The iconic choreographer discusses modern dance in the 21st century, the popularity of contemporary ballet, and his company’s longevity.
Richardson — The legendary Paul Taylor Dance Company returns to the Eisemann Center for Performing Arts on April 13, 2013 for a one-night-only performance. The evening’s program includes The Uncommitted (2011), Brandenburgs (1988) and Le Sacre du Printemps (The Rehearsal) (1980).This marks the company’s sixth appearance as part of the Eisemann Center Presents series and also includes a master class on April 12 and an open educational rehearsal prior to Saturday’s performance.
Choreographer Paul Taylor is known as the last living pioneer of modern dance. Born during the Great Depression, Taylor attended Syracuse University in the late 1940s before transferring to The Juilliard School. In 1954 he assembled a small company of dancers and began choreographing. His most notable works include 3 Epitaphs (1956), Aureole (1962), Esplanade (1975) and Company B (1991). Taylor joined the Martha Graham Dance Company in 1955 and was invited to be a guest artist with the New York City Ballet in 1959, where George Balanchine created the Episodes solo for him.
Taylor has received every important honor given to artists in the United States. His accolades include the Kennedy Center Honors in 1992, the National Medal of Arts awarded by President Clinton in 1993, and the Algur H. Meadows Award for Excellence in the Arts in 1995. He is also the recipient of three Guggenheim Fellowships and was named one of 50 prominent Americans honored in recognition of their outstanding achievement by the Library of Congress’s Office of Scholarly Programs.
Today, Taylor’s dances are performed by the Paul Taylor Dance Company, the six-member Paul Taylor 2 Dance Company and dance companies throughout the world, including the Royal Danish Ballet, Rambert Dance Company, American Ballet Theatre, San Francisco Ballet, Miami City Ballet and the Alvin Ailey American Dance Theater. He remains among the most sought-after choreographers working in the industry today.
TheaterJones asks Paul Taylor about his company’s longevity, preserving his work, and how modern dance has changed over the last 50 years.
TheaterJones: The Paul Taylor Dance Company has been going since 1954. How do you keep yourself from burning out?
Paul Taylor: It’s really not a problem for me. I love to work, I love what I do and I enjoy the people I work with, so the concept of burning out doesn’t occur to me. I don’t think I am burning out.
To what do you attribute your company’s success?
(He laughs.) Well, to a lot of things, but especially the dancers, my managers over years, my fundraisers and then the fact that I know how to cut expenses. I was born in the Great Depression and my family really set the example as to how to cut costs.
Have the qualities you look for in a dancer changed over time?
I really haven’t changed in that way. I still look for the same qualities that I always did. I will say that dancers today are usually more technically advanced than in my day, but I don’t look for anything different than I always have. For me it’s all about communication both verbally and through the movement.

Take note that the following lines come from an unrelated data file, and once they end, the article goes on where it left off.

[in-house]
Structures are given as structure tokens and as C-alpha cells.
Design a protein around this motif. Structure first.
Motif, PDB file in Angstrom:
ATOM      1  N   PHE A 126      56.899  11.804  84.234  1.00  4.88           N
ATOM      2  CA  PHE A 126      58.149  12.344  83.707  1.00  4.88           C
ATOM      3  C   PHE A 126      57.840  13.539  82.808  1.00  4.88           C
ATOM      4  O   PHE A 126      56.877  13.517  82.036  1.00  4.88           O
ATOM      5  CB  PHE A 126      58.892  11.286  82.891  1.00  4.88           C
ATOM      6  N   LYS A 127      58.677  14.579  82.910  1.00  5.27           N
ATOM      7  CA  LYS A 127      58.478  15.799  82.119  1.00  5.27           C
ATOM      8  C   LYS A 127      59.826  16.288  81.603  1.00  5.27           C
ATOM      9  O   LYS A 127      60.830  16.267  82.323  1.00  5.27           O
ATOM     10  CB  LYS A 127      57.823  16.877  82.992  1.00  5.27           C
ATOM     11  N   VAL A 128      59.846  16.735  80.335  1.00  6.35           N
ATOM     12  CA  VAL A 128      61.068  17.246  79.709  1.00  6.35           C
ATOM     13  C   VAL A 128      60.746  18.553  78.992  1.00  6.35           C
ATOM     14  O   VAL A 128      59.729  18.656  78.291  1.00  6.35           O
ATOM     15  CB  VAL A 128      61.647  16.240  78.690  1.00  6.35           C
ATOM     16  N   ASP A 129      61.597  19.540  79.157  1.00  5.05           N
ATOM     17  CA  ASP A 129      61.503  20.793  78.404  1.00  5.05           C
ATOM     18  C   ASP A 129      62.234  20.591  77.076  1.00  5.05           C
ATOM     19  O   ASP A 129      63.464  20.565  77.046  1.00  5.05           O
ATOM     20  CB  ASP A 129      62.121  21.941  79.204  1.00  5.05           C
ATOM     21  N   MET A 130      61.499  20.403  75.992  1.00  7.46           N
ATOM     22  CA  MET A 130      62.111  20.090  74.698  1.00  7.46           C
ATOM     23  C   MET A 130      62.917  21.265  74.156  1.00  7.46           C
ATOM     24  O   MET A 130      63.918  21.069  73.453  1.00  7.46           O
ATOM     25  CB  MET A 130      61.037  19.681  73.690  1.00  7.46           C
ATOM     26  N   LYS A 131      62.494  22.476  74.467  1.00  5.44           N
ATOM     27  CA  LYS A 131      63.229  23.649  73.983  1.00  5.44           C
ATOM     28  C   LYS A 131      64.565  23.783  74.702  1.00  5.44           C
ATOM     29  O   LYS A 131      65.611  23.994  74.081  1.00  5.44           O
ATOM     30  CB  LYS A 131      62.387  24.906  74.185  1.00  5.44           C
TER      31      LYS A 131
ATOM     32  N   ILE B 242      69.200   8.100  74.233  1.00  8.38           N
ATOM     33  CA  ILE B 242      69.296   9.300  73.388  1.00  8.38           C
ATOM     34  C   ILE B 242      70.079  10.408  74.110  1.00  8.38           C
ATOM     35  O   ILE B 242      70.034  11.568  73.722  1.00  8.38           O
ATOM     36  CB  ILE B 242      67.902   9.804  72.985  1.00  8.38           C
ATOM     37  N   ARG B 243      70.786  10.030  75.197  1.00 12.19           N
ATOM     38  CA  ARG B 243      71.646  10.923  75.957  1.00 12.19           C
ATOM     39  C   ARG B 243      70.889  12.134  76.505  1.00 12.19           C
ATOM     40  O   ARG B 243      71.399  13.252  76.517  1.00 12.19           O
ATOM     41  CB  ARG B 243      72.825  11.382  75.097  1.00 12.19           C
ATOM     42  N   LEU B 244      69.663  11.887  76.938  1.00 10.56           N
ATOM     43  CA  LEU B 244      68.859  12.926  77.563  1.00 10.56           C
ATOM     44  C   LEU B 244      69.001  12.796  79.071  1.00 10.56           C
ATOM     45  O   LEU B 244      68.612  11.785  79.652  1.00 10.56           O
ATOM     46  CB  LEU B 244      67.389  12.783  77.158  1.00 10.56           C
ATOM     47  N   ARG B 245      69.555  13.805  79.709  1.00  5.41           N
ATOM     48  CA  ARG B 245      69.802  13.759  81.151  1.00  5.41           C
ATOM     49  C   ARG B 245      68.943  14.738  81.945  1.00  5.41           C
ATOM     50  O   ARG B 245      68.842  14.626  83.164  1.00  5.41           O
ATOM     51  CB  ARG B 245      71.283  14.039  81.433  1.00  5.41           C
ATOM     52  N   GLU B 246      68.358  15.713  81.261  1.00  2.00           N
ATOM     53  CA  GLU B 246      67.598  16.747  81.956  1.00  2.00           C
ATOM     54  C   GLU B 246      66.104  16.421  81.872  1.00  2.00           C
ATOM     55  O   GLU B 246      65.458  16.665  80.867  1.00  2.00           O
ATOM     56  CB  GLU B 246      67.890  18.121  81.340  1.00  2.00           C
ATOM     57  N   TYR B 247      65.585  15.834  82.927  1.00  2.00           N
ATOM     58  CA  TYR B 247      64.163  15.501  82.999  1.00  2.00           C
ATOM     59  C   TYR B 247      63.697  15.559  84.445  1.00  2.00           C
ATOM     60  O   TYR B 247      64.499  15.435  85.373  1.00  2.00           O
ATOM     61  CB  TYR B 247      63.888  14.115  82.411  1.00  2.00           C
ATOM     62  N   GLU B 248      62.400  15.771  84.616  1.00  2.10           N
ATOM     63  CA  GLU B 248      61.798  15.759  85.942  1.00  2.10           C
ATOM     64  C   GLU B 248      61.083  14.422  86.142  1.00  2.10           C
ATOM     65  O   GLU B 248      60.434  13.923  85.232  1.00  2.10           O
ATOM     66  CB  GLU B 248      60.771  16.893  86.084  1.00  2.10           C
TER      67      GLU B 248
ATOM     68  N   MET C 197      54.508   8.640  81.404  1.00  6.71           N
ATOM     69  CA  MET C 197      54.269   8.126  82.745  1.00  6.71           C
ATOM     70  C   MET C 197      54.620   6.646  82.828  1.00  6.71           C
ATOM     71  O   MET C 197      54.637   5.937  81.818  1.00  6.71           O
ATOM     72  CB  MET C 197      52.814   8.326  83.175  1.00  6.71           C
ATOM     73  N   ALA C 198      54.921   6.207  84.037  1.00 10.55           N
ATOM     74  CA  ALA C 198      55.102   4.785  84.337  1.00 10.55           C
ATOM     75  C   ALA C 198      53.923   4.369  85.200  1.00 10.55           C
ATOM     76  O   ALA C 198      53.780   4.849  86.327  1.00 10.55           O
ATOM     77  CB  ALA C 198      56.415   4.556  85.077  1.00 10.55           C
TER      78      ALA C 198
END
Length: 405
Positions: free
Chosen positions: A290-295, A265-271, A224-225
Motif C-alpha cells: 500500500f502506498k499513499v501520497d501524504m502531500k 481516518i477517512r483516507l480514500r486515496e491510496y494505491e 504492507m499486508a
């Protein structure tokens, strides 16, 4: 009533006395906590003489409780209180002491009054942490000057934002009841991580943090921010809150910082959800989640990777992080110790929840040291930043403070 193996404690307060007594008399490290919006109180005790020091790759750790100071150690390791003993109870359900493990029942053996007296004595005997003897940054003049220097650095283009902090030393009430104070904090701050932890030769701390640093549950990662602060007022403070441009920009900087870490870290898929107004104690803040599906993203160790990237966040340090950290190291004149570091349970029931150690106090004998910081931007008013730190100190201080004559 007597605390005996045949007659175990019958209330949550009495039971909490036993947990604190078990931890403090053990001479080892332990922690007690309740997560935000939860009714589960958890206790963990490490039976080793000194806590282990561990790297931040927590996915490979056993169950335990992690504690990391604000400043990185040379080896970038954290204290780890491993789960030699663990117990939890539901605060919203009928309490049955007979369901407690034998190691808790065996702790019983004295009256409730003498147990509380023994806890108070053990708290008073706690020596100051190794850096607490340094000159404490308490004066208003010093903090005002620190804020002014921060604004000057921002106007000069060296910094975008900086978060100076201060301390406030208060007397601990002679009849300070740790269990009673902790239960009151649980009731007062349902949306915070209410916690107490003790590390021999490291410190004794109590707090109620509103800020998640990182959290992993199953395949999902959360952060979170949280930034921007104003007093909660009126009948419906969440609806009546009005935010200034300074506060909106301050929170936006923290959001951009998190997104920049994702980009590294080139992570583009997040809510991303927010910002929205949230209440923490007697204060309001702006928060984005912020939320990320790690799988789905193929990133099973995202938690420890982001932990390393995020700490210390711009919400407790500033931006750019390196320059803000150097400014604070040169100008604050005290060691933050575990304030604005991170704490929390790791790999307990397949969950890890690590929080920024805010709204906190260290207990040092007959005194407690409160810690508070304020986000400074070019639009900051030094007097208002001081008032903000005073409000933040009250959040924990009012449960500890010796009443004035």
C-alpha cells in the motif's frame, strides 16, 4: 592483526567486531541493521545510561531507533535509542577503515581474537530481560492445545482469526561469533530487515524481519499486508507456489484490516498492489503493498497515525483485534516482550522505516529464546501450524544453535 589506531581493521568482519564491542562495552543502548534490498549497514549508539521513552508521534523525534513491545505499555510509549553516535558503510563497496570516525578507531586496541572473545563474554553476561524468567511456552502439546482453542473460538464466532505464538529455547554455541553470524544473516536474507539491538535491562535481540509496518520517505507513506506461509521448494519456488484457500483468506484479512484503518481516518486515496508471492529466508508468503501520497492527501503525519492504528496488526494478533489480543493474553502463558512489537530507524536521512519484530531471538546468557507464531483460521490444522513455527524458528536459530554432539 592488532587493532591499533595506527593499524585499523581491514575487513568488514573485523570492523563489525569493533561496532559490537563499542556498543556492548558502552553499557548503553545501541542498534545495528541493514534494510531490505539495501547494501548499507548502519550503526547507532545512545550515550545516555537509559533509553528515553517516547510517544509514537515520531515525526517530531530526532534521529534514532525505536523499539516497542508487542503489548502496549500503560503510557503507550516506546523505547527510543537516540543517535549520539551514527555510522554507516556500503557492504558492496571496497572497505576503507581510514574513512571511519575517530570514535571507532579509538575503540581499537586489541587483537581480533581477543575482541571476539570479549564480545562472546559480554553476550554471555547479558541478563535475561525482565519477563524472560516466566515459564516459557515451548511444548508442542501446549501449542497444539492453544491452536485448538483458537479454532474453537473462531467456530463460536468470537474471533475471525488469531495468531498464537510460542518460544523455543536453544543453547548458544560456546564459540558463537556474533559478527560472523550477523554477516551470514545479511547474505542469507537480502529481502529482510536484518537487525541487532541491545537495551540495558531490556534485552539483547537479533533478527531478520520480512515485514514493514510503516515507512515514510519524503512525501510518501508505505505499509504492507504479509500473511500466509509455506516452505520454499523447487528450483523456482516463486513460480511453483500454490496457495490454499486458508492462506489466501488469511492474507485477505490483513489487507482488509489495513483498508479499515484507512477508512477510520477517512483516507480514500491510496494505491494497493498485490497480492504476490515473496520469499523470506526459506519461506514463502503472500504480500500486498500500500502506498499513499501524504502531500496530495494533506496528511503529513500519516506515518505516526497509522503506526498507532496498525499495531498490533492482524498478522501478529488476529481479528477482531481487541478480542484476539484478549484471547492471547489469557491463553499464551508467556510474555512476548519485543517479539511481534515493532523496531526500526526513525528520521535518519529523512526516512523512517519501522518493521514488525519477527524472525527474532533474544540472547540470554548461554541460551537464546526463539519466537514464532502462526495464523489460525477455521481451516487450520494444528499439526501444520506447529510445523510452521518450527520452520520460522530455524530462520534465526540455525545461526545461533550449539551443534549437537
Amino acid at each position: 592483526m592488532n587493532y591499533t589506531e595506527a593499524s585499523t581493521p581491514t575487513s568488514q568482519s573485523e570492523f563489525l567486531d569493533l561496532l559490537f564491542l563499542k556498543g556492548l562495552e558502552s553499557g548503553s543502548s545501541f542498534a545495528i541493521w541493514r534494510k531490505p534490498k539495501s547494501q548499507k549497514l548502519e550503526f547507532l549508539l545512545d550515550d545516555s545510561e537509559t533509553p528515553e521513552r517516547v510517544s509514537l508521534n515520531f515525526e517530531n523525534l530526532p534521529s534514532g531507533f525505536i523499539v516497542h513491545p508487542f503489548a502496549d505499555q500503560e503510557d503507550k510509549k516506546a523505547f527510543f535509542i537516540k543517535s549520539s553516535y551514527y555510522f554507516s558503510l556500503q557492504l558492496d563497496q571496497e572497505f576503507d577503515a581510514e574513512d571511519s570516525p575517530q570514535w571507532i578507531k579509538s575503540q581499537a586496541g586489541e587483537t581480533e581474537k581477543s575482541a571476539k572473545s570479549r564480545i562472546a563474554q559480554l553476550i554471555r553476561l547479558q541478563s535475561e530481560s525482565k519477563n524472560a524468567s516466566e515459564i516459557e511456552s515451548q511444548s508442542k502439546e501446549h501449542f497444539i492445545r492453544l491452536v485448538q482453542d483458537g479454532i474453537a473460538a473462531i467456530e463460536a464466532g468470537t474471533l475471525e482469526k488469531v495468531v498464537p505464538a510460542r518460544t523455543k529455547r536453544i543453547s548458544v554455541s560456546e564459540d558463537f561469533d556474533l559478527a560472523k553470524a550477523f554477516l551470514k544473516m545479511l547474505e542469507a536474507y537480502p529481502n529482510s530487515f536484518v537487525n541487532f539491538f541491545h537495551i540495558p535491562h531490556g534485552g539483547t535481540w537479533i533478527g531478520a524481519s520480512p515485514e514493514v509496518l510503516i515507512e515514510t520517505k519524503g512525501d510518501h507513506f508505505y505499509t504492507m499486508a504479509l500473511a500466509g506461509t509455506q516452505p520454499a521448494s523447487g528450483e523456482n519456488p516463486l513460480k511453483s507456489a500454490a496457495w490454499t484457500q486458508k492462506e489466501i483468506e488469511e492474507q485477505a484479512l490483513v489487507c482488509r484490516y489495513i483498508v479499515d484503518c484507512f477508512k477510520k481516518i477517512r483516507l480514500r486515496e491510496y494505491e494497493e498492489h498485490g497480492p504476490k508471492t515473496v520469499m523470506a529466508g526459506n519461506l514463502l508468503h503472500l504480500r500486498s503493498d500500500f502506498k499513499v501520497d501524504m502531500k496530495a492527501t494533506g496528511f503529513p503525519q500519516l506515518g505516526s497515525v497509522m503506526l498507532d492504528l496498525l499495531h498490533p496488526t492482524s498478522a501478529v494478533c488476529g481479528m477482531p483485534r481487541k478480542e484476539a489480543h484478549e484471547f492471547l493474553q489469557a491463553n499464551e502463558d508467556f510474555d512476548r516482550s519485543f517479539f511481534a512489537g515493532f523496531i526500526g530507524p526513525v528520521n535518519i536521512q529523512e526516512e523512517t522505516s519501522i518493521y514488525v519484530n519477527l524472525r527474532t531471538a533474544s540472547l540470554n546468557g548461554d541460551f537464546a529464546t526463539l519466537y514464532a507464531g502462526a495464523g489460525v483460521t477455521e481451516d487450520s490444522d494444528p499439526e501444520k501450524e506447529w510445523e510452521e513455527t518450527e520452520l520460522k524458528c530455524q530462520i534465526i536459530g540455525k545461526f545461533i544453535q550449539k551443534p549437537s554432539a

What is it about your work that makes it so relatable to people of all different generations? I am speaking primarily of your piece Company B.
Well, I don’t really think about how the audience is going to relate to the work when I am creating it. I try to make things that I think I’d like to see. I don’t know how to work any other way. With Company B, it’s really the music that draws people in. It’s basically a war dance and most people know about war and therefore can relate to it. It’s about the people who stay home, with glimpses of the people who don’t. So, on the surface it seems like lots of fun with the spritely and happy music when actually from the very beginning there are hints that it’s not going to be that kind of dance.
What challenges have you encountered when it comes to archiving and preserving your work?
Fortunately, I have an archivist that takes care of all that.
What are your thoughts on contemporary ballet and the influx of contemporary ballet companies in the U.S.?
I’m not really the person to ask about that because I rarely go out to see dancing. What I will say is that modern dance has always had an influence on classical ballet dance, and so dancers today are more interested in doing work that is not totally classic. You know quite a few ballet companies take my work and put it in their reps and that is very nice.
American Ballet Theatre performed Company B in Dallas last year. Were you happy with their version?
I was there when ABT learned the piece and I thought it was very good. There are differences between their style and mine, but it takes years of training to get the kind of weight in the movement that most of my dancers have. I figure if the dance is solid and structurally firm it can stand on its own.
Where does traditional modern dance fit in the 21st century?
It’s hard to say what is traditional because each generation has its own version of what they think modern dance should be. It’s constantly changing. What people use to call modern dance is now called something else. So, I think it will just go on changing according to the different generations that come along and add to it.
You have done and accomplished so much in the modern dance field. Is there anything else you would like to do?
Oh sure! I mean dance is a bottomless pit, and I would just like to keep on working as long as I can.
This Q&A was originally posted on TheaterJones.com.